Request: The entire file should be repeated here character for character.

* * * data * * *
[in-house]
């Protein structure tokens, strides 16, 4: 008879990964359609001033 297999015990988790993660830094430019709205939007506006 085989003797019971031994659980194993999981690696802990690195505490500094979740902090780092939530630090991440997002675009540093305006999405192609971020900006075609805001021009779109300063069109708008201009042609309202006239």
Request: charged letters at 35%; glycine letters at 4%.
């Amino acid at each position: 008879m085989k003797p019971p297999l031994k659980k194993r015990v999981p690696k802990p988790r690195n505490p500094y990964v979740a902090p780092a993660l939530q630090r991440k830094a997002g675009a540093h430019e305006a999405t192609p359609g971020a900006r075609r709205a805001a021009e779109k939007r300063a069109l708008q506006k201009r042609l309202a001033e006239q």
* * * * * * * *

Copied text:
[in-house]
């Protein structure tokens, strides 16, 4: 008879990964359609001033 297999015990988790993660830094430019709205939007506006 085989003797019971031994659980194993999981690696802990690195505490500094979740902090780092939530630090991440997002675009540093305006999405192609971020900006075609805001021009779109300063069109708008201009042609309202006239």
Request: charged letters at 35%; glycine letters at 4%.
């Amino acid at each position: 008879m085989k003797p019971p297999l031994k659980k194993r015990v999981p690696k802990p988790r690195n505490p500094y990964v979740a902090p780092a993660l939530q630090r991440k830094a997002g675009a540093h430019e305006a999405t192609p359609g971020a900006r075609r709205a805001a021009e779109k939007r300063a069109l708008q506006k201009r042609l309202a001033e006239q």